Plantar fasciitis: what is it?
Inflammation of the plantar fascia of the foot is known as plantar fasciitis. It is the most common reason for heel discomfort.
The plantar fascia, which connects the heel to the ball of the foot and toes, is a powerful fibrous attachment (like a ligament). It has the elasticity of a strong elastic band. The arch of the foot is formed by the plantar fascia, which also joins the bones of the foot together.
When the plantar fascia is overworked or overextended, plantar fasciitis develops. Your plantar fascia can enlarge as a result of any injury. Walking and using the foot becomes painful due to this inflammation. Plantar fasciitis usually affects one foot at a time, but it can also affect both feet at the same time.
See a doctor if you have foot or heel discomfort that persists for more than a week.
Cure plantar fasciitis
You have constant discomfort in your heel or ball of your foot if you have plantar fasciitis. This is because the tissue that connects the toes to the heel bone is affected by a degenerative disease, even though it may look like inflammation. People who run frequently, have flat feet or high arches, are overweight, or spend a lot of time on their feet are also more likely to develop plantar fasciitis.
It may take 6 to 12 months for your foot to return to normal. To reduce discomfort and speed up the healing process, you can do the following at home:
Rest: It is essential to avoid putting weight on the foot until the inflammation disappears.
Ice: There are several ways to use ice to relieve inflammation. It is a simple method. First, wrap a towel around a plastic bag filled with crushed ice or a container with frozen corn or peas to create an ice pack. Then place it on your heel 3 to 4 times a day for 15 to 20 minutes. Alternatively, put ice and water in a shallow saucepan and dip your heel in it many times a day for 10 to 15 minutes. Keep your feet out of the water at all times.
Exercise and stretching: Flex your Achilles tendon, calves, and soles of your feet. Do activities to strengthen the muscles in your feet and lower legs. This can stabilize your ankle, reduce your pain, and prevent plantar fasciitis from recurring.
Athletic tape: Wrapping your foot can support it and prevent you from moving it in a way that aggravates plantar fasciitis.
Shoe Insoles – These can also be called insoles, arch supports, or orthotics and can offer you more cushioning and support. Typically, your results will be just as good and less expensive with over-the-counter inserts. Firmer is preferable when selecting one; Make sure it has enough arch support.
Foot Heel Pads: The heel hits the ground with each stride, putting pressure on the plantar fascia. You may find the heel-shaped padding on your shoes helpful. They lift the heel to relieve pressure and provide more cushioning. They are an inexpensive alternative to try, even if they often don’t work as well as inserts.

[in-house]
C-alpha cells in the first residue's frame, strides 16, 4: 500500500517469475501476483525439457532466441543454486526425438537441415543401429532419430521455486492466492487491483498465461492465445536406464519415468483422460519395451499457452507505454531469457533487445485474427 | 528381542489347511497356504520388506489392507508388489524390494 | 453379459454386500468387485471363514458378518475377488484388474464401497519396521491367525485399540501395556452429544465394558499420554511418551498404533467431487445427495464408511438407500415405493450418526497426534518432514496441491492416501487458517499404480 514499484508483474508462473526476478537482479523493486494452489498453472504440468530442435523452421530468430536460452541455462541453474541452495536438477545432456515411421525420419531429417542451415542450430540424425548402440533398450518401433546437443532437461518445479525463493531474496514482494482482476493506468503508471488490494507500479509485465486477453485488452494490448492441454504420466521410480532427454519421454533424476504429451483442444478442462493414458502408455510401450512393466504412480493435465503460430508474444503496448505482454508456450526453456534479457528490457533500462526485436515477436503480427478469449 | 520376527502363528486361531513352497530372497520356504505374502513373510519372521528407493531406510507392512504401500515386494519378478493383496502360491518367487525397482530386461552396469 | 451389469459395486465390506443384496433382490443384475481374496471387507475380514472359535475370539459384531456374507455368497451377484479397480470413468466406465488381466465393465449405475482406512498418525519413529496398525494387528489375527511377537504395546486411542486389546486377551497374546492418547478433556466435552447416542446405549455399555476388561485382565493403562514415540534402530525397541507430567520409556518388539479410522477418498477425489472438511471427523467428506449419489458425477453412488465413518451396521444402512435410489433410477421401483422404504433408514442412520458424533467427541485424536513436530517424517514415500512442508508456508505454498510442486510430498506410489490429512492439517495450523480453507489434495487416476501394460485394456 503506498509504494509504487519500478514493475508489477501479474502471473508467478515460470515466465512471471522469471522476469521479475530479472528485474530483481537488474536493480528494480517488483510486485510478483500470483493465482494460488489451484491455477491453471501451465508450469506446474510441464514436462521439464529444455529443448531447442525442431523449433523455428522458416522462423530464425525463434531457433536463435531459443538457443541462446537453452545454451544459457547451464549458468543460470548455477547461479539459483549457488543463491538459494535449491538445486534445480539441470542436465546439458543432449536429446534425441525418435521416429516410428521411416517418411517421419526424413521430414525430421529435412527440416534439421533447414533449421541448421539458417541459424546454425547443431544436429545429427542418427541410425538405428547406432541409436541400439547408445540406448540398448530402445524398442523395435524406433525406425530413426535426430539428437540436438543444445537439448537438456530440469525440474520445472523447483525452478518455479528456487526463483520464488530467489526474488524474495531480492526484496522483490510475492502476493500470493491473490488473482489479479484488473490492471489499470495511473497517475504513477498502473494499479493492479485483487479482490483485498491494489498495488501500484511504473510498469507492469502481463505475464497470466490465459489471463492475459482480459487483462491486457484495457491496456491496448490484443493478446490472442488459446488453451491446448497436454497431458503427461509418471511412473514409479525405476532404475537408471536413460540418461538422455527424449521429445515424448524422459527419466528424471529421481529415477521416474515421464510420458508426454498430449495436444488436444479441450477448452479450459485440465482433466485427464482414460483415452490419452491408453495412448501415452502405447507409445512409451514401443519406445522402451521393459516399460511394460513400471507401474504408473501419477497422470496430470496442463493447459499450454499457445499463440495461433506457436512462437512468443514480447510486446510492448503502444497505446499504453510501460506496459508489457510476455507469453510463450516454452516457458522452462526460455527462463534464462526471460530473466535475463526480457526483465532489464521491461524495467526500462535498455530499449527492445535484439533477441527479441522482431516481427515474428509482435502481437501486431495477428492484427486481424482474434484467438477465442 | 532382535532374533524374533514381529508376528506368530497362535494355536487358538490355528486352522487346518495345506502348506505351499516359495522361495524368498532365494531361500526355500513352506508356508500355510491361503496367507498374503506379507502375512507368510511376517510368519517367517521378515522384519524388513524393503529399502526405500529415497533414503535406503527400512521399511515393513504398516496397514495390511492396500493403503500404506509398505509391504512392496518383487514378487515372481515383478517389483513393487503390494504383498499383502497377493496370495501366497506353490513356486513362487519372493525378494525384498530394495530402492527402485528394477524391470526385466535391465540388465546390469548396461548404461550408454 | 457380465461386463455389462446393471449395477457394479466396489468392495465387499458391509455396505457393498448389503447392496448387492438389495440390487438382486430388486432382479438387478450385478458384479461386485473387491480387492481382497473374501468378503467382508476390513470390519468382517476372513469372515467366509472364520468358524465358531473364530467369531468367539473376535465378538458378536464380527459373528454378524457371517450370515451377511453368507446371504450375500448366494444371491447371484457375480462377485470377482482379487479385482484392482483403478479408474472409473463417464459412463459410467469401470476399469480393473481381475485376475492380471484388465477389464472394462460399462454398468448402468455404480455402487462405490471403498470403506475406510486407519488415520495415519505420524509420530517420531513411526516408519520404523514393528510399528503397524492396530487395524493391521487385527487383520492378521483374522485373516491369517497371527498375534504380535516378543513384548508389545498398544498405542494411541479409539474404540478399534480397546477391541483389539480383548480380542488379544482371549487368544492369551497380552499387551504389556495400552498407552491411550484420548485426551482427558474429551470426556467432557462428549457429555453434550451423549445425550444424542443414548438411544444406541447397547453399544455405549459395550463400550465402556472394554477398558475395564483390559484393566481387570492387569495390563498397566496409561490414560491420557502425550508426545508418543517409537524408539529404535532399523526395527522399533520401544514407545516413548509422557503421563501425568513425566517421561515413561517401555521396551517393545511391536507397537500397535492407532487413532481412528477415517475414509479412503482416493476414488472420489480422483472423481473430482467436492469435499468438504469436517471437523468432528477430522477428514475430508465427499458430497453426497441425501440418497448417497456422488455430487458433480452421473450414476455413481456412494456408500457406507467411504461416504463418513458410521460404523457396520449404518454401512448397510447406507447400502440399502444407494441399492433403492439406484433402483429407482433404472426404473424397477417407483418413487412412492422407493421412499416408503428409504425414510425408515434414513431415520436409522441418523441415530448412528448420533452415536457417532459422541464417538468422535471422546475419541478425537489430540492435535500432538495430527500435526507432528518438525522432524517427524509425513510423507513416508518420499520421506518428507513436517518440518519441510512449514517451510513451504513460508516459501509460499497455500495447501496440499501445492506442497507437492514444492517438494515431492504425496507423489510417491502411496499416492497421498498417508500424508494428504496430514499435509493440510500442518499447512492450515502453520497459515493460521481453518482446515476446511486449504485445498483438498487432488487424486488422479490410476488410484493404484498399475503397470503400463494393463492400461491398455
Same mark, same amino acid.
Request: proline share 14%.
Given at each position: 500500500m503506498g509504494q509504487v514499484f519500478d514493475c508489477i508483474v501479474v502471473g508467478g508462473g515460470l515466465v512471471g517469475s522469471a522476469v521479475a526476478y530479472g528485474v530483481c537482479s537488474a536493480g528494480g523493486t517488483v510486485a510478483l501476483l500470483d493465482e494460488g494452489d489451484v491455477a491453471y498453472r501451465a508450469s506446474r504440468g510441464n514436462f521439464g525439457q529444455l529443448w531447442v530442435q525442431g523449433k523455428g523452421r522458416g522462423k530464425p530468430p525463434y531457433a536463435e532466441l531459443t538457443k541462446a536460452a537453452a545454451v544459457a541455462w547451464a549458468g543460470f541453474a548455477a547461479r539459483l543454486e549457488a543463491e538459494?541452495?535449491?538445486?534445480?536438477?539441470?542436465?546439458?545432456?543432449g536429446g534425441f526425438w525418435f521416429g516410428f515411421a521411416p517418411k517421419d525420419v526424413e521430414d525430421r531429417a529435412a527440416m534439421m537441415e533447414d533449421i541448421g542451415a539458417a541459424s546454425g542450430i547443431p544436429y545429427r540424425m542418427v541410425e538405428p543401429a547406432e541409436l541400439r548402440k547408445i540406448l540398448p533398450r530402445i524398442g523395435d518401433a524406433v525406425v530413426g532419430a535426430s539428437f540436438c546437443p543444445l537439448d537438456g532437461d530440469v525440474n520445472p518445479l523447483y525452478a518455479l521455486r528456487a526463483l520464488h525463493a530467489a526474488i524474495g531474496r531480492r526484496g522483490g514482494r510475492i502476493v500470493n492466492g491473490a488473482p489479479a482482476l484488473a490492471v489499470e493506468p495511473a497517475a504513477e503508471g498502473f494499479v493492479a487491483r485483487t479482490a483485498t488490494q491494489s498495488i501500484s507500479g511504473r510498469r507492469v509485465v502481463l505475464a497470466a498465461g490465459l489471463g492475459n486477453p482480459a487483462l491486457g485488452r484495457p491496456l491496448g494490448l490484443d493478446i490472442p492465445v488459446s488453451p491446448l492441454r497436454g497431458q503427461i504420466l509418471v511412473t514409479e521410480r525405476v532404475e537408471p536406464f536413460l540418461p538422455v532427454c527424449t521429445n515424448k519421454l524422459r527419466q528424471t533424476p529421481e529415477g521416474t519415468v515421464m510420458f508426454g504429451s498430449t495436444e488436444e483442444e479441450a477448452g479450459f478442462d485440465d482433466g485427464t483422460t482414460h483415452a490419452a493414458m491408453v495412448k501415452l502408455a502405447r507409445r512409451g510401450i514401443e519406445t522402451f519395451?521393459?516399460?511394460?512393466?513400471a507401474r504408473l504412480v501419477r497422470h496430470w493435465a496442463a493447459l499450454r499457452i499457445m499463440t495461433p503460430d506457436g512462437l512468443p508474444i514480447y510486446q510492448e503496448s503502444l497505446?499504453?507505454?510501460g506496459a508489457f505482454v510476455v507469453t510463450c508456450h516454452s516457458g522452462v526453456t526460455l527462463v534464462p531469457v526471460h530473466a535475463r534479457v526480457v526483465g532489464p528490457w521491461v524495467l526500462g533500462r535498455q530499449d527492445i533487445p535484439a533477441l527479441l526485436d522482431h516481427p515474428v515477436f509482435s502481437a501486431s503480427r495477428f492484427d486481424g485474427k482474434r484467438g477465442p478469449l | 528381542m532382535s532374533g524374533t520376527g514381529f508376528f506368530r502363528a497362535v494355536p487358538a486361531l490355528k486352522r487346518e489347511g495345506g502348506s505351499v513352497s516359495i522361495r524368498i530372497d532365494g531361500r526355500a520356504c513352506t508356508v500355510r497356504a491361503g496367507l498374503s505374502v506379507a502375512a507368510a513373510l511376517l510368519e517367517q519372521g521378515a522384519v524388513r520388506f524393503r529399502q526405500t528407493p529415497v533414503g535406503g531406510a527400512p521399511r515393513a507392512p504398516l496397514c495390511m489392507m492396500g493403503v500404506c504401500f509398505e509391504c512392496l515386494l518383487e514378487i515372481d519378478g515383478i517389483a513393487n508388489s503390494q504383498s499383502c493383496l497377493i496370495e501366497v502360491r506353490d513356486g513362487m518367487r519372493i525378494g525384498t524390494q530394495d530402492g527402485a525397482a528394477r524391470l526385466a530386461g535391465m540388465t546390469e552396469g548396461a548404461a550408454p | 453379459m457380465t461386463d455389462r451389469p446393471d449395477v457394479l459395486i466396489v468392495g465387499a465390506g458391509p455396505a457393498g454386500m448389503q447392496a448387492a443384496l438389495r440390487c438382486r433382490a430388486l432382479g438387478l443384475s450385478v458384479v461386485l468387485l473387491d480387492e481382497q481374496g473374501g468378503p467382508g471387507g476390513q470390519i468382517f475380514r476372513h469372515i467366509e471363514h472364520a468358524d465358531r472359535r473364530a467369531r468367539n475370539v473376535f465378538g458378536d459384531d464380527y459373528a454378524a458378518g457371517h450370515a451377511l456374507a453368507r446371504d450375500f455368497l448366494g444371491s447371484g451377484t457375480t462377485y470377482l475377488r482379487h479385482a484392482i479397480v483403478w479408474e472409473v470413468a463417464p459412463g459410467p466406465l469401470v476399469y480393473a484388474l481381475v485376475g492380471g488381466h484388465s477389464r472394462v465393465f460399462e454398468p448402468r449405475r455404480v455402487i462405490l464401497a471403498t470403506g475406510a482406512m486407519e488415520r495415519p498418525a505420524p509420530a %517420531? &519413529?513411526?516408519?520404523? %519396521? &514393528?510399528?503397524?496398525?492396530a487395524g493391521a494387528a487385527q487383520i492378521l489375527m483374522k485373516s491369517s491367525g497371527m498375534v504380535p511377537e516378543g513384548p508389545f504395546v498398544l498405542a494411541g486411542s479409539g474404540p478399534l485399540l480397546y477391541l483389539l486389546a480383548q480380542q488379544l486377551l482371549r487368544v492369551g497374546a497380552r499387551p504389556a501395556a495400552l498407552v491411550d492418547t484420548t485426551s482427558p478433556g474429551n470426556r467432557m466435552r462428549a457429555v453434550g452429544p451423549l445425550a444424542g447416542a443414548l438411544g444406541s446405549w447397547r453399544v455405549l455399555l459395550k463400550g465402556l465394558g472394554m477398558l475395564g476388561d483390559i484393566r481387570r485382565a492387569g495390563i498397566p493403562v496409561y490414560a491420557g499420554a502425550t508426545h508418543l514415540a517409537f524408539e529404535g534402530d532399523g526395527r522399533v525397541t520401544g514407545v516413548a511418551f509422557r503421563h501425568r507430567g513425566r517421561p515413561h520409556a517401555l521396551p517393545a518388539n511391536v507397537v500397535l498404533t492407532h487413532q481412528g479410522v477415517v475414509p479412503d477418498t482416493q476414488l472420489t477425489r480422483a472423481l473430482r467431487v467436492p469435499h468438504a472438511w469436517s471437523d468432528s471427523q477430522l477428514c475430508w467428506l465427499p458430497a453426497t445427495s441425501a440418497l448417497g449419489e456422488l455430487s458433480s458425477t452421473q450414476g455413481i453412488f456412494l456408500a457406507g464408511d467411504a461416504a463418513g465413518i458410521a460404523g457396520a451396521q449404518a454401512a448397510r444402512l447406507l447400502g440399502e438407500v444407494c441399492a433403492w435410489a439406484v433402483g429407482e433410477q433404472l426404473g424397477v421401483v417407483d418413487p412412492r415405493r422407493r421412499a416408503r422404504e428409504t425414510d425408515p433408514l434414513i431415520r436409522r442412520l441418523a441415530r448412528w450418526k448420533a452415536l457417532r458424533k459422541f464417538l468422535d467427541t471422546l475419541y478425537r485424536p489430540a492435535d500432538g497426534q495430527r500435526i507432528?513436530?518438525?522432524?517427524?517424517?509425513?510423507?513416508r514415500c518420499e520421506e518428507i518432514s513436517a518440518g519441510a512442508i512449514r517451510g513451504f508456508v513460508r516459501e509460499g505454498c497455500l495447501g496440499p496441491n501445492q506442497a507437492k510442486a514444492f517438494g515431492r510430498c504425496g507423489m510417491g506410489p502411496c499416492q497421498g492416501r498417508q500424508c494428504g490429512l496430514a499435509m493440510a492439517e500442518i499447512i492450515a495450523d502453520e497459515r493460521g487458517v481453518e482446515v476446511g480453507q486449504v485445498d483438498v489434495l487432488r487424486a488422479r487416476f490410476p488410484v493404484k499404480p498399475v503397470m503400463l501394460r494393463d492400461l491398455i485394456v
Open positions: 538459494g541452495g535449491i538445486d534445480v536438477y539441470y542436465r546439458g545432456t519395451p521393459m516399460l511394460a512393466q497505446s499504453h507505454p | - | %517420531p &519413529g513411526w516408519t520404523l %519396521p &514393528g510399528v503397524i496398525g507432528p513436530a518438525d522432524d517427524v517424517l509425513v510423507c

Night splints: The plantar fascia and Achilles tendon shorten when most sleep with their feet pointing downward. Wearing night splints while you sleep maintains the 90-degree angle of your feet. So instead of shortening your plantar fascia while you sleep, you get a continuous, healthy stretch.
Foot Massage: Keep a golf ball, tennis ball, or Mobility Ball on your desk, in a desk drawer, or in your bag as a simple and effective massage tool that you can use throughout the day to comfort and relieve discomfort. Use the ball while sitting at your computer or take a short break while standing to roll the ball under your foot while applying constant pressure. Don’t avoid painful “hot spots.” Before rolling the ball, press steadily (without causing sudden or unbearable pain) on the painful area for a few seconds. The pressure from the massage blocks the brain’s pain receptors, increases blood flow to the arch and heel, and dissolves painful adhesions (tears that were improperly repaired) in the plantar fascia ligament. Place the ball in the freezer at the beginning of the day for extra relief and a soothing cold treatment.
More extensive research is needed to demonstrate the effectiveness of massage, but there is plenty of anecdotal evidence. Self-massage significantly reduces pain, according to several smaller studies, one of which was published in the Journal of Acupuncture and Meridian Studies.
Roll a water bottle around your feet: You probably have a water bottle on your nightstand, kitchen, or desk. You can use this simple treatment to combat plantar fasciitis effectively. Simply sit in a chair, roll a water bottle between your heel and toe 10 times, and then switch sides. This is similar to stretching the ball. Press constantly, but never until you feel pain. Freeze it beforehand for additional healing and relief!
The RICE method: resting the injured foot is essential when pain initially occurs. RICE is a common first aid procedure for foot injuries:
A: Give the painful area a few days of rest.
I: To reduce swelling, apply ice to the region for 20 minutes at a time.
C: Apply a soft bandage to the area to minimize swelling.
E: Place a few pillows under your foot to elevate the area.
Which doctor should I see if I have plantar fasciitis?
A podiatrist will be able to evaluate your foot type and suggest the appropriate footwear or advise you to prevent sources of discomfort. A tight calf muscle and fascia can be stretched to help release tension.